will stimulate the growth of total coliform bacteria.", which it did. Most people may not realize that
total coliform are the
gram negative Family Enterobacteriaceae which include Salmonella and E. coli. Then, according to the study, "The
results of this test were used to determine whether nutrients were released into the soil by Synagro pellets during the
experimental period."  While growth of coliform in the soil was given as proof the synagro pellets were releasing
nutrients into the soil.  It may be just the opposite, nutrient  deprived injured bacteria (
viable, but nonculturable) from in-
vessel composted sludge pellets were released into a nutrient rich environment which promoted growth.

Two sides of the coin 10 years apart

On June 27, 1997, CNN reported in a 3 part series called Hazardous Harvest, "The Environmental Protection Agency
prefers you call it "biosolids."    So does the Water Environment Federation, the industry group for  sewage plants
across the country.    "What it should convey is that this is a material that is carefully processed and tightly regulated,
carefully monitored and fully controlled, precisely for the purpose of protecting public health," said  Albert Gray, deputy
executive director of the Water Environment Federation."The Water Environment Federation insists science is on its
side, citing studies by the
National Academy of Sciences and other reports that say biosolids are safe for food crops."
Not exactly true according to CNN, "The EPA policy faces strong criticism even within the agency.   "Official U.S.
government policy in the Clinton administration is to grow food chain crops --the food supply of America -- on poison.
And not to tell the public," EPA engineer Hugh Kaufman says.'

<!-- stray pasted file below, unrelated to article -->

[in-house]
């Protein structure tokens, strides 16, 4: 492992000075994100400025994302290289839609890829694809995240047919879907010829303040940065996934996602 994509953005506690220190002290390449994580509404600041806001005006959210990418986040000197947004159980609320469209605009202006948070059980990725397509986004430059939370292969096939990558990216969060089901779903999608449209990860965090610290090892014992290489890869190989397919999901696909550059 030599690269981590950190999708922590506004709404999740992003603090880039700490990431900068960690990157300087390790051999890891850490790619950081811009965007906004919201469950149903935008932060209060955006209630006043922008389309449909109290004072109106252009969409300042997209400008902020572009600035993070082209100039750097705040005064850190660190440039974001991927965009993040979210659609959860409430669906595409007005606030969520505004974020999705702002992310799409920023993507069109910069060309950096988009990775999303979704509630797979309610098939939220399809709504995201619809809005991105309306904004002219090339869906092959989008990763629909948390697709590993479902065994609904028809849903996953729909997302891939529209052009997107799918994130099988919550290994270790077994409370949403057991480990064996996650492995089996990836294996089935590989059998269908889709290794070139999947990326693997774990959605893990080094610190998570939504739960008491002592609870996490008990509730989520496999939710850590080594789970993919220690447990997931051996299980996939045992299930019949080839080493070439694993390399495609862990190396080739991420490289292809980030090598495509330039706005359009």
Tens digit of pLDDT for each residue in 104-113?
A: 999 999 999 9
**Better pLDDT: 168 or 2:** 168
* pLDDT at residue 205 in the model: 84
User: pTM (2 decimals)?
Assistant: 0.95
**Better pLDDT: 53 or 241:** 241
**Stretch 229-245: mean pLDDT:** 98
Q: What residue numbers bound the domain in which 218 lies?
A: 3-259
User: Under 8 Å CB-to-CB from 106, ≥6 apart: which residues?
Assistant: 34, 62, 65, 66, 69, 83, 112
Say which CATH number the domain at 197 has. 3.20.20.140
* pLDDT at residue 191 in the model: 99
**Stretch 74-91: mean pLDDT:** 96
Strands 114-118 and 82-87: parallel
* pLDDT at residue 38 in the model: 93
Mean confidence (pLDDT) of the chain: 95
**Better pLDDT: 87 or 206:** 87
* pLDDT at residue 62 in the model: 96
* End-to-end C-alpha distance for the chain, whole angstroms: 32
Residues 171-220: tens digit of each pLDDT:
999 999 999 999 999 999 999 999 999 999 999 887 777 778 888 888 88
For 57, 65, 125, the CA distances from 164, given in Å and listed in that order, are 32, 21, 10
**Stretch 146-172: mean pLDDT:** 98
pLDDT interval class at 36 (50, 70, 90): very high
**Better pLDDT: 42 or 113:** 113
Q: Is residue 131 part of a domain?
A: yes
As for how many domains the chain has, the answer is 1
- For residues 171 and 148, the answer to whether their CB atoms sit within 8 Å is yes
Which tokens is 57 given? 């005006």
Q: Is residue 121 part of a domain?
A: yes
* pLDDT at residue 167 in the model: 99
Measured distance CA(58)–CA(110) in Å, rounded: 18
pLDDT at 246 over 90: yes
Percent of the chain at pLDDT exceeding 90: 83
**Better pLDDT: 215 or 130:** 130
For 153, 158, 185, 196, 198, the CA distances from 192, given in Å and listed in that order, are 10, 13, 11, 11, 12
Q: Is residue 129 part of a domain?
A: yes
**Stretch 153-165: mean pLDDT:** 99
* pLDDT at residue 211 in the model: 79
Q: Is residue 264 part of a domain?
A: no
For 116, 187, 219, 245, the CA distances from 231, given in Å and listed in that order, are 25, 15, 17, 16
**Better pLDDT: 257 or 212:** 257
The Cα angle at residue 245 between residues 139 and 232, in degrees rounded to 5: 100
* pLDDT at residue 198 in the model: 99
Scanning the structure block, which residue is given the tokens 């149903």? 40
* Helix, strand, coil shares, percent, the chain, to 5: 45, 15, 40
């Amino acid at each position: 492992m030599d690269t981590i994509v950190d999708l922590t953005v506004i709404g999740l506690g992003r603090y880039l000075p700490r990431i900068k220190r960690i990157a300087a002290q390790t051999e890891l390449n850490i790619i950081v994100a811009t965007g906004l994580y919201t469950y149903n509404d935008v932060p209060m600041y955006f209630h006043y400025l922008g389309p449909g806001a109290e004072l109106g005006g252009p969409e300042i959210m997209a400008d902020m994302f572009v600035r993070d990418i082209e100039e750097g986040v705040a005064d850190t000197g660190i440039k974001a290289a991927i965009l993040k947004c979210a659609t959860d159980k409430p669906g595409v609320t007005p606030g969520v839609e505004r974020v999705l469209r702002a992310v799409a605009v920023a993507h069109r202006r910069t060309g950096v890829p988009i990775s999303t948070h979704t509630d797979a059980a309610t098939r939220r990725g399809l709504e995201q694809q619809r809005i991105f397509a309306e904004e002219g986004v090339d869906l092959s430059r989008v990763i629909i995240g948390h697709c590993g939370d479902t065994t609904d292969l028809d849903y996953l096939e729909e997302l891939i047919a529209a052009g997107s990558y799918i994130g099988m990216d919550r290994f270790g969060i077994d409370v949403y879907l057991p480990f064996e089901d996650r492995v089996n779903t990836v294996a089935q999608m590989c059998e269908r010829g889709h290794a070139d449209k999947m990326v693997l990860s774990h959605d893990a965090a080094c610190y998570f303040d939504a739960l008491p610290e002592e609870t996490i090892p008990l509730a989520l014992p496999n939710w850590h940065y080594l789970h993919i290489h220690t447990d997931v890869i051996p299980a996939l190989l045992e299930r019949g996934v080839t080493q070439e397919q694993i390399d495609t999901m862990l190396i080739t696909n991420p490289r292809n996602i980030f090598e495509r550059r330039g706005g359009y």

Ten years later, EPA appears to be putting together a program with the Water Environment Research Foundation
(WERF) (similar to the UK Water Industry Research Limited) to investigate health incidents associated with biosolids
land application. This was outlined in the
Proceedings of the Biosolids Exposure Measurement Workshop
(2007) EPA/600/R-07/055 September 2007 --  
Protocols for the Timely Investigation of Potential Health Incidents
Associated with Biosolids Land Application
by Alfred P. Dufour. Dr. Dufour, with USEPA’s NERL (National Exposure
Research Laboratory) , discussed a December, 2004 WERF workshop on rapid incident response to health complaints
from land application of biosolids. Participants in the meeting developed a request for proposal (RFP), based on input
about previous cases of
reported health effects from the perspective of those affected. The objectives of the RFP will
be addressed in three phases. Phase 1 will involve the development of a protocol for rapid incident response. This will
be achieved by: reviewing previous incidents, collecting information on all adverse environmental outcomes,
developing a data collection/investigative instrument, consulting with states about conducting investigations, providing
investigation guidance, and communicating with health practitioners. In Phase 2, the protocol will be refined after pilot
testing at three localities.
After the protocol is optimized, recommendations will be made to WERF on how to roll out the
protocol nationwide.
In Phase 3, a database of biosolids-related investigations will be developed. In addition, guidance
will be provided on the communication of the protocol to the public through community dialogs and other mechanisms

Lets see, EPA employees (who have qualified immunity) are talking about a rapid response to health complaints, but it
has taken 3 years to figure out the objects of the proposal -- plus -- EPA claims there has never been any documented
previous incidents or adverse environment outcomes.
Yet, EPA's Incidence Response Team leader, Bob Brobst,
was asked to update his protocol in 1998 to address radioactive hazardous waste effluent going into the
Denver Metro POTW, public acceptance and dead cows.


In October 1994, EPA's John Walker and Bob Bastian was asked to submit a proposal requesting water pollution
control grant money for a third party to address sludge horror stories. The water pollution control grant money was
awarded to the Water Environment Federation (WEF) in December 1994.  John Walker was the EPA Project leader
with WEF's Nancy Blatt and Tim Williams as Co-project leaders. Walker told them who to hire as the writer, who to go to
for the story he wanted told and listed 15 sludge horror stories as immediate